What's equally scary to me is that I don't remember learning (at least as part of formal schooling) about the basics of the exponential formulas that underly, say, interest rates until at least high school analysis class -- a course which was only taken by, I'm guessing here, maybe 25% of the students? Certainly fewer than 50% -- and that's at a very well-to-do suburban high school. And now 15+ years later, probably 90+% of those students now have mortgages and 401ks?
Point is, it's not surprising when people have a hard time making sense of things they've never really learned about in the first place.
|03/09/2017 - 5:20pm||Not for warmth||
Sleep sacks are not to keep your baby warm. They are to keep your baby from realizing he/she has hands, which he/she can then use to do things like scratch the side of the crib, or pull out a pacifier and throw it across the room, or smack themselves in the face and then be shocked because they don't yet understand that this is a bad idea, or otherwise do all sorts of things other than sleep. You realize this when they start to roll over and it's no longer safe to keep their arms pinned at night, and they suddenly stop sleeping, or wake up suddenly every time their arms move in their sleep. Not that this is happening in our house right now, for the second time...
|01/02/2017 - 2:23pm||Curse of the NFL?||
Harbaugh seems to go away from using plays that work before they stop working. I wonder if this is in part due to time spent in the NFL against better coaches (and players) who have both the practice time and the experience to catch on very quickly to what you're doing. Could Harbaugh be in the habit of giving our opponents too much credit? I read choosing not to run the fullback dive on the 1 yard line as the offensive staff figuring that with a month to prepare, FSU would have been anticipating Michigan's most obvious playcall in that situation. In fact, FSU was out on jet skis instead of in the film room, and from the replay, it looked like the dive would have worked. Seems like our staff outsmarts itself sometimes. Still, I'd much rather that than Hoke-ian "we will run this until it works" despite repeated evidence that it's not going to work.
|09/14/2016 - 2:56pm||silent||
"You'll never get the entire stadium to be silent."
That's not actually true; the entire stadium has been silent before. Like, pin-drop, hear the heartbeat of the person next to you silent. Granted, that was the moment of silence before the first game played after the 9/11 attacks. So let's hope we never have a reason to repeat that moment. But for a moment big enough, it is in fact possible to get all 110,000 to be quiet at once -- and it was a truly profound thing to experience. If that could be organized for the Penn State game, whoooo boy would that make a statement.
|09/12/2016 - 1:36pm||Not a vision problem?||
It looks to me like on that run, Smith's original intent is to hit the left side A gap (which I guess becomes the B gap once the fullback goes through it? Point being he's trying to go to Poggi's left). Two steps toward that gap, he realizes the MLB is going to get to Poggi's outside shoulder, so Smith redirects right. He isn't able to change direction quickly enough, so he ends up running into, rather than around, Poggi's block, but in the process he also draws the other UCF linebacker to the same spot. As a result, Poggi gets a two-for-one, Smith bounces off Poggi's back, and runs to daylight on the right side.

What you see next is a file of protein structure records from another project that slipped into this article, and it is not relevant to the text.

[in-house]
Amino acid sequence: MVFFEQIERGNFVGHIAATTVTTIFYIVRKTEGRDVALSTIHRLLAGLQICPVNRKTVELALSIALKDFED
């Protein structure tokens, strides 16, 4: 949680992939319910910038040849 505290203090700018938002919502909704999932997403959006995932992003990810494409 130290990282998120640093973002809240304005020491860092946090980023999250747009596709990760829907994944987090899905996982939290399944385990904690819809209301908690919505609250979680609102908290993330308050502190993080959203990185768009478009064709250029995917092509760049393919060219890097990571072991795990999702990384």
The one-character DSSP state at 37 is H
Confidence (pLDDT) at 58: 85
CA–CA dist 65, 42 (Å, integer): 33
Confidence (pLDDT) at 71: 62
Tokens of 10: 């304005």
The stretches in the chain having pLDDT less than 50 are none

To me, that's not a problem with Smith's vision. It's actually his vision working as desired -- he sees his gap isn't going to be open, takes one step right to get a 2-for-1 off his fullback, then takes another step right to break loose. Seems patient and disciplined to me.
|11/21/2015 - 11:43am||Original Punt/CounterPunt||
Surprised to see a guy as steeped in Michigan football as alum96 asking this question.
Yes, in the original incarnation of Punt/Counterpunt, the one that used to appear on the last page of the free gameday programs, that was the format: one guy picked a win (or blow out), the other picked a loss (or narrow win if an upset pick were really that unbelievable). My recollection was that Punt and CounterPunt roughly alternated whose turn it was to predict the win and whose to predict the loss; maybe they flipped a coin? (Nick can probably clarify, since he's been part of this column since long before MGoBlog existed.)
|09/10/2015 - 1:28pm||/godwin'd||
|09/08/2015 - 11:37am||design||
Maybe Fisch designs the passing plays, but then Drevno is the one who actually calls them? Fits with Fisch's role as "passing game coordinator" that he would design the route combinations, etc.
|08/19/2015 - 12:22pm||ding ding ding!||
We have a winner. Everyone is so focused on the culture change explanation that they miss the more likely one: Harbaugh is famous for attention to detail, right? And famous for going 100%, with full enthusiasm, at whatever he's doing, right? You can bet that if he actually had access to a submarine, then the players would literally be eating and sleeping onboard. Since he does not, he's patterning meals and sleeping arrangements as closely to those on a sub as he is able. The lack of fancy chefs, etc probably means nothing more than that.
|06/10/2015 - 1:31pm||scary||